Cocoa-rich diet prevents azoxymethane-induced colonic preneoplastic lesions in rats by restraining oxidative stress and cell proliferation and inducing apoptosis

Ildefonso Rodriguez Ramiro, Sonia Ramos, Elvira López-Oliva, Angel Agis-Torres, Miren Gómez-Juaristi, Raquel Mateos, Laura Bravo, Luis Goya, María Ángeles Martín

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40 Citations (Scopus)


Cocoa is a rich source of bioactive compounds with potential chemopreventive ability but up to date its effectiveness in animal models of colon carcinogenesis has not been addressed. Herein, we investigated the in vivo effect of a cocoa-rich diet in the prevention of azoxymethane (AOM)-induced colon cancer and the mechanisms involved. Our results showed that cocoa feeding significantly reduced AOM-induced colonic aberrant crypt foci formation and crypt multiplicity. Oxidative imbalance in colon tissues seems to be prevented by cocoa as indicated by reduced oxidation markers levels and increased enzymatic and non-enzymatic endogenous defences. Cocoa-rich diet also exhibited antiproliferative effects by decreasing the levels of extracellular regulated kinases, protein kinase B and cyclin D1 together with pro-apoptotic effects evidenced by reduced Bcl-x(L) levels and increased Bax levels and caspase-3 activity. Our findings provide the first in vivo evidence that a cocoa-rich diet may inhibit the early stage of colon carcinogenesis probably by preventing oxidative stress and cell proliferation and by inducing apoptosis.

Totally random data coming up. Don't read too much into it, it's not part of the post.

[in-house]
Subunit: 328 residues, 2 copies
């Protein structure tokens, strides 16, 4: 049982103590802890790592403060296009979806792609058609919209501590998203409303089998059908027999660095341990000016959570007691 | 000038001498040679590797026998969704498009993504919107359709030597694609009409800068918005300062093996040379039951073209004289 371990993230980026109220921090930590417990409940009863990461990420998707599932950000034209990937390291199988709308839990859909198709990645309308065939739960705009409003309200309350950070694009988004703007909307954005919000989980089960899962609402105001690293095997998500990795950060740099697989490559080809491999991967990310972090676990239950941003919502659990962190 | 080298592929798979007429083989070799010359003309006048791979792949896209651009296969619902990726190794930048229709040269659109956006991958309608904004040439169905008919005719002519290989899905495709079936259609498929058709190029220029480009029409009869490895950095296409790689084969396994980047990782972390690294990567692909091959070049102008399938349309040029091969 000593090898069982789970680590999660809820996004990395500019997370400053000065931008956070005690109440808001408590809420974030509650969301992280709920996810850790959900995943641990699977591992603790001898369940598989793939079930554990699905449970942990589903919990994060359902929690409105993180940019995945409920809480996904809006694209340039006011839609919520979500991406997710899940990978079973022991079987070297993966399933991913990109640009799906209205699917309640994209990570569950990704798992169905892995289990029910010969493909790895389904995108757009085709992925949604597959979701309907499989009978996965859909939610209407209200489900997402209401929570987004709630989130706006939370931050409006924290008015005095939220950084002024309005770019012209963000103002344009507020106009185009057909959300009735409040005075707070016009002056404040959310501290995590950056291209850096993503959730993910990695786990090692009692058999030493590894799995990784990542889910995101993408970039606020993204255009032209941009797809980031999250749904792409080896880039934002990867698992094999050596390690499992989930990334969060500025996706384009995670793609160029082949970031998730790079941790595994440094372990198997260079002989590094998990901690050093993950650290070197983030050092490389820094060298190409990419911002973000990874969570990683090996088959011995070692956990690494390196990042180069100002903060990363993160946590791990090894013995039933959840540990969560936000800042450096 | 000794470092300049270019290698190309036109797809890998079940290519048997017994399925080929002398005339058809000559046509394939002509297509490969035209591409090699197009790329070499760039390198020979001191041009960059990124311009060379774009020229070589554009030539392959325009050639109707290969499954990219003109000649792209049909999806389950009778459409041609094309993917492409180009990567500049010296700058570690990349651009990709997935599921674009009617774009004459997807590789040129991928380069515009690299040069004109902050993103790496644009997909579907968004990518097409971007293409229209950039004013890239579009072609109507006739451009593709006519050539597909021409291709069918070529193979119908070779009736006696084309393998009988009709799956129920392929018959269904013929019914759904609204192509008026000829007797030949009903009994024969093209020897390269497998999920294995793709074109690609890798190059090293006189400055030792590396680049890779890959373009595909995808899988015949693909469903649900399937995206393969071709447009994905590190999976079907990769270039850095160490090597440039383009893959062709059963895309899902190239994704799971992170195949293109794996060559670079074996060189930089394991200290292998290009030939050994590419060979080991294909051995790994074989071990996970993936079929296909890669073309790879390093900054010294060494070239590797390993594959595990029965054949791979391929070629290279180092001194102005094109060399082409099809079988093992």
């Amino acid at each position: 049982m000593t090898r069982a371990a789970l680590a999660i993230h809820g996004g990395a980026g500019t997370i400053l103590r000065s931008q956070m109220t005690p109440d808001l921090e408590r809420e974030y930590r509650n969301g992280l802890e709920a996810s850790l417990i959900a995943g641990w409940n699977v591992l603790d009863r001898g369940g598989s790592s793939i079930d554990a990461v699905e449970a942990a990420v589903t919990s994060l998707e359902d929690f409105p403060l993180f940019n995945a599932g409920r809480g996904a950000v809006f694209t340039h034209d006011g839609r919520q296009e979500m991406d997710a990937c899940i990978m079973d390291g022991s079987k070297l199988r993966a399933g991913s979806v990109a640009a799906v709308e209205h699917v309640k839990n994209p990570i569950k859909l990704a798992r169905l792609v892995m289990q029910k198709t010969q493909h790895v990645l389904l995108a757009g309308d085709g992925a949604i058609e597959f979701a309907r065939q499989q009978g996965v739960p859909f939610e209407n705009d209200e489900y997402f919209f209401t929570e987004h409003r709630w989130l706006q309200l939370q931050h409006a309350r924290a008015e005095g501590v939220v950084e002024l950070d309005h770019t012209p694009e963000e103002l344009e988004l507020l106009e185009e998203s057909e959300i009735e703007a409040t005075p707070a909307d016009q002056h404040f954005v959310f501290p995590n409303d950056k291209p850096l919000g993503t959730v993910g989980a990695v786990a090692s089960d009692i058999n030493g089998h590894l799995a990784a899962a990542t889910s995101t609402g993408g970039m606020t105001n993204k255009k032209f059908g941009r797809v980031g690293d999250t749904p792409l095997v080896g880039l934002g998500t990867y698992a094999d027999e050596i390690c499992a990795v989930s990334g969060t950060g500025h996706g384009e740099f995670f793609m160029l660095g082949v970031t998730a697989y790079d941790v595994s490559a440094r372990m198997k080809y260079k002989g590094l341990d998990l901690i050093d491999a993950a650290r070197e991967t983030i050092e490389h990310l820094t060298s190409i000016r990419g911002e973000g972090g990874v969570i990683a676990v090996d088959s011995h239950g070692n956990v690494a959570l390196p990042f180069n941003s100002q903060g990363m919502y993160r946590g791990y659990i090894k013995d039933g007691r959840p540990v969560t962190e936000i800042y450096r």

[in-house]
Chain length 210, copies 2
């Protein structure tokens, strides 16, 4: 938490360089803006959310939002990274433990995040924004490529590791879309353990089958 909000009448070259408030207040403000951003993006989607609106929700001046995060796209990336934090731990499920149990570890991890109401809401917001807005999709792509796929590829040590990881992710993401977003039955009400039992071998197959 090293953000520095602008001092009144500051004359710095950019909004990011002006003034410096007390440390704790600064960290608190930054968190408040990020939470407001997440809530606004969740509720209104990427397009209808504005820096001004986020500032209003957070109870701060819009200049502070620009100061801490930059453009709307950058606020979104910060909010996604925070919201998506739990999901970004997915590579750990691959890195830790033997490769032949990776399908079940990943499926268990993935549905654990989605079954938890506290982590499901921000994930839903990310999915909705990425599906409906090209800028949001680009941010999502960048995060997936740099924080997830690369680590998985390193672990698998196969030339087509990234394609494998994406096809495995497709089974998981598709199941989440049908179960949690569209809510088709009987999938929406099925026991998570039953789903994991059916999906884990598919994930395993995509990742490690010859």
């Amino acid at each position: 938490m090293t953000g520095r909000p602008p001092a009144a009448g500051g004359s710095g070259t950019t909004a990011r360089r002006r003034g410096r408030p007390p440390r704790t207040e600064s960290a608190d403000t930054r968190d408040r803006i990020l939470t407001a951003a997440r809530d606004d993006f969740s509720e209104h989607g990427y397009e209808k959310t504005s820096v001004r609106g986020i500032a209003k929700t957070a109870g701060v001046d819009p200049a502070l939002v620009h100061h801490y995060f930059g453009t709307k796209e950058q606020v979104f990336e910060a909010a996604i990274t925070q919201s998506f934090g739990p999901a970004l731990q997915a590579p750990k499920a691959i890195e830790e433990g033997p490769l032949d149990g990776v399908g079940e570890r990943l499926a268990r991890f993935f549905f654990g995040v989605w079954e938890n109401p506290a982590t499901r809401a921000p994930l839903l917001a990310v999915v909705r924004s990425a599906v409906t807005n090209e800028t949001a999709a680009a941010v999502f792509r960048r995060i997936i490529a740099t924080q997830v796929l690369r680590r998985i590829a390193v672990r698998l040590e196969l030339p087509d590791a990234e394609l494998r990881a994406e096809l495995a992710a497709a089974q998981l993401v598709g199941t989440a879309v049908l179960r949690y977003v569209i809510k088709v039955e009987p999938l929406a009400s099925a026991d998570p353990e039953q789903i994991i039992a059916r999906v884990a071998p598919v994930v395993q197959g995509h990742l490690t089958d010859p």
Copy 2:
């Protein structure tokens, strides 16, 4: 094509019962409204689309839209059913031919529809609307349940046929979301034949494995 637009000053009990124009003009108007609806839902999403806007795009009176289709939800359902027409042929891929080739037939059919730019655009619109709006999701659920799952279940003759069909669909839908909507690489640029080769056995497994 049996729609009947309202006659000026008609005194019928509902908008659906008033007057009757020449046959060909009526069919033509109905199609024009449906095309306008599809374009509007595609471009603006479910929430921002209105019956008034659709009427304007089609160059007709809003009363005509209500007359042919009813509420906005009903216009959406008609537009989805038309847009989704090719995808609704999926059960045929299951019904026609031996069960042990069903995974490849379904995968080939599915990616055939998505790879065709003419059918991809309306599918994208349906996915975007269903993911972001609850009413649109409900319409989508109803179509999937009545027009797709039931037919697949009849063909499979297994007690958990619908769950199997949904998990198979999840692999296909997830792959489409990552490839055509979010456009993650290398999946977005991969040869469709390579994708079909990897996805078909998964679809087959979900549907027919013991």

Original languageEnglish
Pages (from-to)1895-1899
Number of pages5
JournalMolecular Nutrition & Food Research
Issue number12
Publication statusPublished - Dec 2011


  • Anticarcinogenic Agents
  • Animals
  • Apoptosis
  • Precancerous Conditions
  • Cacao
  • bcl-2-Associated X Protein
  • Caspase 3
  • Cyclin D1
  • Cell Proliferation
  • Rats
  • Colon
  • Azoxymethane
  • Oxidative Stress
  • Gene Expression Regulation
  • Diet
  • Colonic Neoplasms

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